The first sign that the golf gods were not on Mickelson's side came on his third shot, when his approach from about 80 yards clanged off the flagstick and trickled all the way back to the front fringe. He then blasted his 25-foot birdie try four feet above the hole, and the comebacker barely grazed the cup for a dispiriting bogey. "That was unlucky," Mickelson said. "It would have been a tap-in birdie. But still, I shouldn't have three-putted. It may have cost me a shot, but it shouldn't have cost me two."

In fact, it may have cost him more than that. "He got mad after that," said Pelz, "and I think that affected him for a few holes."

Mickelson left short a good birdie chance on 9 and made bogey out of the trees on 10. After dumping his tee shot on 12 into the front bunker, he suffered his fourth bogey in seven holes, pushing him to three over on his round. That should have been the end of him, but Lefty is nothing if not resilient. Textbook birdies at 13 and 14 ensued, and again he was within shouting distance of the leaders. A pushed drive on the par-5 15th forced him to lay up, and for his third shot he played a wedge past the pin and expertly sucked it back to five feet. As Mickelson was walking to the green, everyone seemed to be thinking the same thing: When Phil makes this putt, he'll be five under, same as Tiger Woods. Par in, and on Sunday he and Woods would share a boffo pairing. But Mickelson made a tentative stroke and his birdie attempt never scared the hole, one of the most egregious of his 33 putts.

He walked off the green shaking his head incessantly. On Saturday the par-3 16th featured its toughest pin placement, back-right atop a vertiginous slope, only a few paces in front of a bunker. No one in their right mind aims for that pin, but a flustered Mickelson couldn't resist. "He wants to win majors again so badly," says Pelz, a nod to his pupil's three triumphs from 2004 to '06. "That makes it tough to be patient."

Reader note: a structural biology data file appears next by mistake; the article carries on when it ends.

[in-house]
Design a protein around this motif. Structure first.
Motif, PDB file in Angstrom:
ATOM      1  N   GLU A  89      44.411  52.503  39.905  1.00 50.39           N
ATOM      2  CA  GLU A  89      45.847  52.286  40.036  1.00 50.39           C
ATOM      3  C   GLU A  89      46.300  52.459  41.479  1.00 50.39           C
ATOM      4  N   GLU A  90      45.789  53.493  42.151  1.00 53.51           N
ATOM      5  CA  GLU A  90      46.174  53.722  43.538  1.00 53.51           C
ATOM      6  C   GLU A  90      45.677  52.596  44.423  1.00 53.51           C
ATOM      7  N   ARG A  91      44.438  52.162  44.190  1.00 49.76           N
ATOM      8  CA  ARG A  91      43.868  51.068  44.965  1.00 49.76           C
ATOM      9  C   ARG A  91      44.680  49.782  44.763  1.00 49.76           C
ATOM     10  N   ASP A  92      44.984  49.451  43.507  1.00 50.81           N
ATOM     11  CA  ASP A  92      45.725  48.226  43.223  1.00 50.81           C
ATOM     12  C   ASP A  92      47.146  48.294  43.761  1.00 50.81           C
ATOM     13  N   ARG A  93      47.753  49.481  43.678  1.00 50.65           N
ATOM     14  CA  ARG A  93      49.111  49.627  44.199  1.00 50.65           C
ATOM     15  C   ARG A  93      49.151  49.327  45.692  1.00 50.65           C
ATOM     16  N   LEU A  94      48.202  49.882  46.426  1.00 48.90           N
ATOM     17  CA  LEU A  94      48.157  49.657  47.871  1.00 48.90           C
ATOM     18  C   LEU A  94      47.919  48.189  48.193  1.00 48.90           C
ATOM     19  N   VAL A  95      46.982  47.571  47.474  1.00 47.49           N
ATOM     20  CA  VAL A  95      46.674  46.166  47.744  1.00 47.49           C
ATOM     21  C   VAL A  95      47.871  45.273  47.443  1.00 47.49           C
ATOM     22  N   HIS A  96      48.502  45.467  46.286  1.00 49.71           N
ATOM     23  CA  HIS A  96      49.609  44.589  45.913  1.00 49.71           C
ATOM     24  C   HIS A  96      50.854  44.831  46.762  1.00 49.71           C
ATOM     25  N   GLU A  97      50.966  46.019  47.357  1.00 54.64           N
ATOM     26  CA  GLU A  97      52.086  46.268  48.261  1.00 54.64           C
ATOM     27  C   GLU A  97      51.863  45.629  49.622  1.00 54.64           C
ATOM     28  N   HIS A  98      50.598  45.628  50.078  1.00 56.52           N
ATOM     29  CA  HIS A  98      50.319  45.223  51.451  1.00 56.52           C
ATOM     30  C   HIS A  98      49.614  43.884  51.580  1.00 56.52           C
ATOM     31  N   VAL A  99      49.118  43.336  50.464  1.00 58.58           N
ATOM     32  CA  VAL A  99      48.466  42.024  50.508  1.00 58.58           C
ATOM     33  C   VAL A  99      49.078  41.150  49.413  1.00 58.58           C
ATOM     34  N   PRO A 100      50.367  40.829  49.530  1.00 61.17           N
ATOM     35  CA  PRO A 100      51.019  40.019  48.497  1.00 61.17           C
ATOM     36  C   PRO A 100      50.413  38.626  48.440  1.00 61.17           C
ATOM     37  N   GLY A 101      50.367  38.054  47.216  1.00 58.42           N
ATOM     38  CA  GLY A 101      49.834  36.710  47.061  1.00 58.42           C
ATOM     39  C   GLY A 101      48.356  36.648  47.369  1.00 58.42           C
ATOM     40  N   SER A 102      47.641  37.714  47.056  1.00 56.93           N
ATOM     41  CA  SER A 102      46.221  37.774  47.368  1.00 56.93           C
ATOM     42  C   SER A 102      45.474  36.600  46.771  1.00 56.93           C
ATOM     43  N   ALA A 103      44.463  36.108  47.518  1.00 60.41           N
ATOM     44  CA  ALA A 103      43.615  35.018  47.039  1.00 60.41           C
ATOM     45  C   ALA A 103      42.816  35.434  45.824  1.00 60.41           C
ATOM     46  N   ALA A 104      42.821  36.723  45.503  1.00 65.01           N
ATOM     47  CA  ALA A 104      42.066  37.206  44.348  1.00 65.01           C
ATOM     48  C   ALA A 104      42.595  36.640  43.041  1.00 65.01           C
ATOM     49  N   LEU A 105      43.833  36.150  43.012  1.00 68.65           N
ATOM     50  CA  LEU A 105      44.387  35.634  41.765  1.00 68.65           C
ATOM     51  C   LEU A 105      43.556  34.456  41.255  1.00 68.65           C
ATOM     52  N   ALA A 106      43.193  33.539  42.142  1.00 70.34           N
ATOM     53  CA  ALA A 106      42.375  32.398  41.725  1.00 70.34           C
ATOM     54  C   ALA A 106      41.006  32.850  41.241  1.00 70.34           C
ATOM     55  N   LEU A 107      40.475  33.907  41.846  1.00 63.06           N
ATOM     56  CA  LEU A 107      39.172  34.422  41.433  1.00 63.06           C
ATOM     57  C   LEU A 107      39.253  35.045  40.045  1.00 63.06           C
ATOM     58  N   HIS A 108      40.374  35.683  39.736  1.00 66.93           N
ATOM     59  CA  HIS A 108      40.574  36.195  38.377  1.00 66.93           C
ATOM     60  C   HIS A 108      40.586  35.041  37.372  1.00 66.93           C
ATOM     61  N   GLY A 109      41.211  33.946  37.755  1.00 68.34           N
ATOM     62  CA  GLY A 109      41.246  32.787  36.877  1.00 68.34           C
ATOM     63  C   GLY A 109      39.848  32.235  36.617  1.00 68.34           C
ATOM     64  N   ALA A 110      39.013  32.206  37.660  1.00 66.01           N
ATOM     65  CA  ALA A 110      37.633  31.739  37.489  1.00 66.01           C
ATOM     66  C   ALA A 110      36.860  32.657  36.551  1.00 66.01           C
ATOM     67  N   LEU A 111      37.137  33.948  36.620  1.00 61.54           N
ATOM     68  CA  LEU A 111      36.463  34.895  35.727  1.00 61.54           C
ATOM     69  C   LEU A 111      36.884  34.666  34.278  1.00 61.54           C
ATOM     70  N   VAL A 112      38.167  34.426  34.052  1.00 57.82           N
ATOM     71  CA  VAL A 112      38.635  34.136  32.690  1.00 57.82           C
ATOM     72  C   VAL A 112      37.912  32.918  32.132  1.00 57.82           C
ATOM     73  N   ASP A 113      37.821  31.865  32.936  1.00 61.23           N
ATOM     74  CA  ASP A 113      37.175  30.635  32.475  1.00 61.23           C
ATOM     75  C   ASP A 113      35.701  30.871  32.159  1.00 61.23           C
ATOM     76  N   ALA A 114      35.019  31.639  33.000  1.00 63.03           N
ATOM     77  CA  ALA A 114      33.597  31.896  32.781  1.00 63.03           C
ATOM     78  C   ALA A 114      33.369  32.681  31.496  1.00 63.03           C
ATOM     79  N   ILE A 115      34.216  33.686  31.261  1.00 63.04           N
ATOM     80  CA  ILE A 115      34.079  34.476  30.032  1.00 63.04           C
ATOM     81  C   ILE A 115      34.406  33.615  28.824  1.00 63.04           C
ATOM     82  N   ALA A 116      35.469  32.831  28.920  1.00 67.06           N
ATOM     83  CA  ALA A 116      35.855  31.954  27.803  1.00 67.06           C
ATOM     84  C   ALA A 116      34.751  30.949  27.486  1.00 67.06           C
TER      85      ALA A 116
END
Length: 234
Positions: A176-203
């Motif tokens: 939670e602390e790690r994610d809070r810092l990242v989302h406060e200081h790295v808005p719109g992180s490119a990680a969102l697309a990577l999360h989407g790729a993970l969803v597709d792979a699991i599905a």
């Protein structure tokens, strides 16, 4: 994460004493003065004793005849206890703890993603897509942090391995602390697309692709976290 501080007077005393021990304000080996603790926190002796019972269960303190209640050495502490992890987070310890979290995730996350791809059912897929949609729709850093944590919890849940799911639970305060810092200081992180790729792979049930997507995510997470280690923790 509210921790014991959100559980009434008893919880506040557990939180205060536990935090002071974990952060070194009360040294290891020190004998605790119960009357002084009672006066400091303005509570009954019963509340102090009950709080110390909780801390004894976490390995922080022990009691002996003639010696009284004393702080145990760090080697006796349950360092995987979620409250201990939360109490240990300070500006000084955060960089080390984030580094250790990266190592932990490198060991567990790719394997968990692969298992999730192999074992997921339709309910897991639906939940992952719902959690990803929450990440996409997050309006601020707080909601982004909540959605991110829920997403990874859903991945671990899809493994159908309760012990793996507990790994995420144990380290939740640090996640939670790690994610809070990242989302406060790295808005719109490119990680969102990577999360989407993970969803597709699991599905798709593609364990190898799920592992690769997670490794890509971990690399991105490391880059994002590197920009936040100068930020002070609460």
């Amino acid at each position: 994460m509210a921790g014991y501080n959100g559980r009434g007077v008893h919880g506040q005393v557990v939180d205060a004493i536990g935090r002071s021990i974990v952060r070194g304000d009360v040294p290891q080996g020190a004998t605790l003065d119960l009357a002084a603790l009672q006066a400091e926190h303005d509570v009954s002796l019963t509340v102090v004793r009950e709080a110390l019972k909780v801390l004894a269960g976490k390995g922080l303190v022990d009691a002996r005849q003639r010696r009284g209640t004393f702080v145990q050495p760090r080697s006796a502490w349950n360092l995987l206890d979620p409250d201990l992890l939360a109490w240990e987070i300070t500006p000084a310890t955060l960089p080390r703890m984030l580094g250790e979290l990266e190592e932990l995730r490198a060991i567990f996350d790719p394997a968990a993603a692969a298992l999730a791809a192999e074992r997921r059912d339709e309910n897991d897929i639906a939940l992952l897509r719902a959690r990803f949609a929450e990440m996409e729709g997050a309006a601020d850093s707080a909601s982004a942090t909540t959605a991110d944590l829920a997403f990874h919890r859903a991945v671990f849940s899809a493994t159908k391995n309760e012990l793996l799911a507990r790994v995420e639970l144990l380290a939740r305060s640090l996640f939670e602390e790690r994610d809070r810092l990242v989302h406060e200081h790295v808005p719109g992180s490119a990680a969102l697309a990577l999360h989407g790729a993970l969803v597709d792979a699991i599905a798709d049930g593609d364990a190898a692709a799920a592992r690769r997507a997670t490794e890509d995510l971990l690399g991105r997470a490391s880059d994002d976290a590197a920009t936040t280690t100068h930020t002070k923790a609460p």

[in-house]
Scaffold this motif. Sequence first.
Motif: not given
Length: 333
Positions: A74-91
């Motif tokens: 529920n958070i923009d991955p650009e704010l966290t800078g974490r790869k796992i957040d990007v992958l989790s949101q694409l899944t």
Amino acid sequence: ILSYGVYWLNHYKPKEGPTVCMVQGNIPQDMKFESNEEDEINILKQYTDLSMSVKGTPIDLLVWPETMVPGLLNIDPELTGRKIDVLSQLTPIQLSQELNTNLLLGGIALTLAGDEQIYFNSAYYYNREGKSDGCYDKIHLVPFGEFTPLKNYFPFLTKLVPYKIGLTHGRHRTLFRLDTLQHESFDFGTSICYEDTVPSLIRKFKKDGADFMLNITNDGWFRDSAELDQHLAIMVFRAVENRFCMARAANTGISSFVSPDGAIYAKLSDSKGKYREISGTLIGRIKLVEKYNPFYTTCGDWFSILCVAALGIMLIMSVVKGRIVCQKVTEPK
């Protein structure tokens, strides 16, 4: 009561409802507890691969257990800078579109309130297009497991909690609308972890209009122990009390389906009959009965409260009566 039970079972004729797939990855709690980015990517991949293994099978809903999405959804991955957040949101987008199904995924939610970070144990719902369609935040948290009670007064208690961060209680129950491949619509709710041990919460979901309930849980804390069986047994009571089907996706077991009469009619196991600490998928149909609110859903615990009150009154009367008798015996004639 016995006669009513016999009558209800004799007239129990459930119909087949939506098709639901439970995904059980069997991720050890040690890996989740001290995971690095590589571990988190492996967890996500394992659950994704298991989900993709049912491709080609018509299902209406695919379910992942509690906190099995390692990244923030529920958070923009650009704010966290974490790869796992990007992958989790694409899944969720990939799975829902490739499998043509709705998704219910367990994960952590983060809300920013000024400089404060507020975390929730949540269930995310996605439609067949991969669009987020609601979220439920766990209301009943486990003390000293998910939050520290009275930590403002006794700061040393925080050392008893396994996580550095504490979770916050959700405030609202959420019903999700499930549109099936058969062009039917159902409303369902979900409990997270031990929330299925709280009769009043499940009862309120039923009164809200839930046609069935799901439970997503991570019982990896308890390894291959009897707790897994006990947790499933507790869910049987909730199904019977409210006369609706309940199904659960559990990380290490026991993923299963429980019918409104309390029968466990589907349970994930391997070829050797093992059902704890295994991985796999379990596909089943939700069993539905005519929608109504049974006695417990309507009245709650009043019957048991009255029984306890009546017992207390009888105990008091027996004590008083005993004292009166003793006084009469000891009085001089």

Phil jacked his tee shot into the back-right bunker, thus violating one of the basic rules of Augusta National: "You can't miss it right there, and I know that," he said. "You simply have to hit it left and try to make par." Instead he three-putted again, for double bogey. Game over.

During the final round Mickelson shot 72 to sneak into a tie for fifth. After winning two out of three Masters, he has failed to contend on Sunday at the last two. His next major, the U.S. Open, will mark the two-year anniversary of his meltdown at Winged Foot, a career-altering double bogey on the 72nd hole from which he has not yet fully recovered. (Perversely, this Masters was his best finish in a major since then.) The day after the Open the onetime boy wonder turns 38. Mickelson may yet get back to being the dominant player he was a few years ago, but after his brutal Saturday at Augusta, climbing that hill got a little tougher.

Short-game tips from the master at

"HE GOT MAD AFTER THAT," Pelz said of Mickelson's shot that caromed off the flagstick, "and that affected him for a few holes."


Photograph by Robert Beck

NOT DROPPING ... AND DROPPING Normally one of the Tour's best putters, Mickelson had fallen to 72nd in the rankings.



OPEN WOUND Nearly 38, Mickelson is still trying to shake off the effects of his meltdown at Winged Foot in 2006.